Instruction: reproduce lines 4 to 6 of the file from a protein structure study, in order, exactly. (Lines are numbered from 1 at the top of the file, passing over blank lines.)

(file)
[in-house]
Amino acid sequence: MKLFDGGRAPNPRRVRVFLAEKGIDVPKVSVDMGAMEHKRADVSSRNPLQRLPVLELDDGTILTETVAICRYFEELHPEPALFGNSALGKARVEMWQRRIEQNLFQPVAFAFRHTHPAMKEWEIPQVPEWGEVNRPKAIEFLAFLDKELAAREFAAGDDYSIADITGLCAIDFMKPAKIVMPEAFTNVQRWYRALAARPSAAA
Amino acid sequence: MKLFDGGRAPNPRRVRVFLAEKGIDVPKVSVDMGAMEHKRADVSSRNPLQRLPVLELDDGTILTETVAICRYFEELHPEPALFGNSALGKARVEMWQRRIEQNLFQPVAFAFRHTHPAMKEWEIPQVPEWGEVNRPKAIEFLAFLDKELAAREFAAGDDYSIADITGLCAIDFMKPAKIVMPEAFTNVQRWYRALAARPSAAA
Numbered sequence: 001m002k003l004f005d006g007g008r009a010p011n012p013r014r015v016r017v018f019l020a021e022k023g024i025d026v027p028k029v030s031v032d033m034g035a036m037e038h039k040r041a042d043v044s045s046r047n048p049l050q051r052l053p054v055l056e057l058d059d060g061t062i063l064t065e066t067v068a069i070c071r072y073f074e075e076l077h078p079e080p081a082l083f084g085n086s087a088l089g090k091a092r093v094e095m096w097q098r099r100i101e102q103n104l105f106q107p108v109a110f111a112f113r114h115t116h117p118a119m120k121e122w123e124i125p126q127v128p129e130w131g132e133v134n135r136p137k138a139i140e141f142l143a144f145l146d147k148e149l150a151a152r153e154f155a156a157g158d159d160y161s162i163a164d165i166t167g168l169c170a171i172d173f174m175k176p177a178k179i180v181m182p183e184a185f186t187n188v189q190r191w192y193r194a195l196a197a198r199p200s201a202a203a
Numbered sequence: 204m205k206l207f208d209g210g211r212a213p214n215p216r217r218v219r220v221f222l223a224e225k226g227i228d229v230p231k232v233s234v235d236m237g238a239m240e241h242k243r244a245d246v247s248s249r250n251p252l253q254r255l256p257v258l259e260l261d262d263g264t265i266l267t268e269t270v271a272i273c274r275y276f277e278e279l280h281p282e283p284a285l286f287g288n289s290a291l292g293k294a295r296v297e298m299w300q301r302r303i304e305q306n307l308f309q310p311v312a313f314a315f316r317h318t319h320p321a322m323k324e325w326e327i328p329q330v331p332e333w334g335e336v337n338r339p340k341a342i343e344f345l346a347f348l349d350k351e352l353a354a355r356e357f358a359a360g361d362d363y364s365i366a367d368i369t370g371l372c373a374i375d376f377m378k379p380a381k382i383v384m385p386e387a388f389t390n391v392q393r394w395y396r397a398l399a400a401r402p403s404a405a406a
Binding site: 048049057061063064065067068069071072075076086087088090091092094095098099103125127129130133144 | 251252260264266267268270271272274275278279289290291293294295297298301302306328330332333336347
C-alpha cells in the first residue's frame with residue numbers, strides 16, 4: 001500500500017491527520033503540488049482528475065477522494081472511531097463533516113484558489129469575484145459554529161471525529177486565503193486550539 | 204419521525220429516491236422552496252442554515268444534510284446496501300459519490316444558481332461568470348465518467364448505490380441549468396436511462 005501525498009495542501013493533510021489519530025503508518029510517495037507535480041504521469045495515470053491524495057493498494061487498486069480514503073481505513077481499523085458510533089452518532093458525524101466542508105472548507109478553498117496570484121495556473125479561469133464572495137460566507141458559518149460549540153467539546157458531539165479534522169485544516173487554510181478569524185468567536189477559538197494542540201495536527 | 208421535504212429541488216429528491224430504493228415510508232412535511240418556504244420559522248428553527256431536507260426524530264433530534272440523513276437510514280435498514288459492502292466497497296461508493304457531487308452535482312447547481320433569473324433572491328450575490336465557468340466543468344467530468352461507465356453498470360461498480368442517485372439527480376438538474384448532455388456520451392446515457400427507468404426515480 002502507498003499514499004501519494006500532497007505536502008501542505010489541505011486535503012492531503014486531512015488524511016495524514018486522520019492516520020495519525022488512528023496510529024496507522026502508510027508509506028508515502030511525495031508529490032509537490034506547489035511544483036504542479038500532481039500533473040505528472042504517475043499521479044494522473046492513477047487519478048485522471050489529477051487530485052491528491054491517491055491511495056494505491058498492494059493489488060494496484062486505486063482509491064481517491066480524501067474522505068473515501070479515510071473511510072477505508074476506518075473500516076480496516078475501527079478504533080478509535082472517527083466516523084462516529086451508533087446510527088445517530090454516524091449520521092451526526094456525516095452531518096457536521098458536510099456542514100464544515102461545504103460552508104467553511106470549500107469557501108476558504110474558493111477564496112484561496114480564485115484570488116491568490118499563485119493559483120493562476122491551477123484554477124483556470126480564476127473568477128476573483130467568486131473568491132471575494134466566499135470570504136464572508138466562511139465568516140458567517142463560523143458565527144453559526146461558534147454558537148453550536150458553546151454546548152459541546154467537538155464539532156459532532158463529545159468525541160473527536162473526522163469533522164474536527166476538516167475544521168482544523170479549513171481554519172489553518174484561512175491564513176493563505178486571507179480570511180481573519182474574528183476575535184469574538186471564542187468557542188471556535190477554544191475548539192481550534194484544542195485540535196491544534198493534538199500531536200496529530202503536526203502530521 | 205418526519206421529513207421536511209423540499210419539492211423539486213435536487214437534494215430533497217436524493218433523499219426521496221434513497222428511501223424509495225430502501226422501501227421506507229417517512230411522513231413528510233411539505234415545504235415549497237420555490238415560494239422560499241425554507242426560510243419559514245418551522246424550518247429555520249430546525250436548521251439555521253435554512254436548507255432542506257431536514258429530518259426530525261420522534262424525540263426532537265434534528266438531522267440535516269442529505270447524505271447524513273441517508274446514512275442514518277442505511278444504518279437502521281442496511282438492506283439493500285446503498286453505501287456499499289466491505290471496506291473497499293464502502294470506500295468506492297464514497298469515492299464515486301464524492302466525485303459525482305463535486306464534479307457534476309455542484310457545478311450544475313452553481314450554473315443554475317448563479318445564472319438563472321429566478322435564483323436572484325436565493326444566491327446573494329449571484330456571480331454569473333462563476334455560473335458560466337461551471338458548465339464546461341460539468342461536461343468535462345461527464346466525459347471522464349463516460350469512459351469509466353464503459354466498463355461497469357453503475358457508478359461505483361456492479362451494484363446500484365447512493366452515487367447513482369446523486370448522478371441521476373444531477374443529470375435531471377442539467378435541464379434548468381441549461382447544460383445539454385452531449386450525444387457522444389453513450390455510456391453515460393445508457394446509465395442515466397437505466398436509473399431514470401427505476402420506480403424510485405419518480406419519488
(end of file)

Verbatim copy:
Numbered sequence: 001m002k003l004f005d006g007g008r009a010p011n012p013r014r015v016r017v018f019l020a021e022k023g024i025d026v027p028k029v030s031v032d033m034g035a036m037e038h039k040r041a042d043v044s045s046r047n048p049l050q051r052l053p054v055l056e057l058d059d060g061t062i063l064t065e066t067v068a069i070c071r072y073f074e075e076l077h078p079e080p081a082l083f084g085n086s087a088l089g090k091a092r093v094e095m096w097q098r099r100i101e102q103n104l105f106q107p108v109a110f111a112f113r114h115t116h117p118a119m120k121e122w123e124i125p126q127v128p129e130w131g132e133v134n135r136p137k138a139i140e141f142l143a144f145l146d147k148e149l150a151a152r153e154f155a156a157g158d159d160y161s162i163a164d165i166t167g168l169c170a171i172d173f174m175k176p177a178k179i180v181m182p183e184a185f186t187n188v189q190r191w192y193r194a195l196a197a198r199p200s201a202a203a
Numbered sequence: 204m205k206l207f208d209g210g211r212a213p214n215p216r217r218v219r220v221f222l223a224e225k226g227i228d229v230p231k232v233s234v235d236m237g238a239m240e241h242k243r244a245d246v247s248s249r250n251p252l253q254r255l256p257v258l259e260l261d262d263g264t265i266l267t268e269t270v271a272i273c274r275y276f277e278e279l280h281p282e283p284a285l286f287g288n289s290a291l292g293k294a295r296v297e298m299w300q301r302r303i304e305q306n307l308f309q310p311v312a313f314a315f316r317h318t319h320p321a322m323k324e325w326e327i328p329q330v331p332e333w334g335e336v337n338r339p340k341a342i343e344f345l346a347f348l349d350k351e352l353a354a355r356e357f358a359a360g361d362d363y364s365i366a367d368i369t370g371l372c373a374i375d376f377m378k379p380a381k382i383v384m385p386e387a388f389t390n391v392q393r394w395y396r397a398l399a400a401r402p403s404a405a406a
Binding site: 048049057061063064065067068069071072075076086087088090091092094095098099103125127129130133144 | 251252260264266267268270271272274275278279289290291293294295297298301302306328330332333336347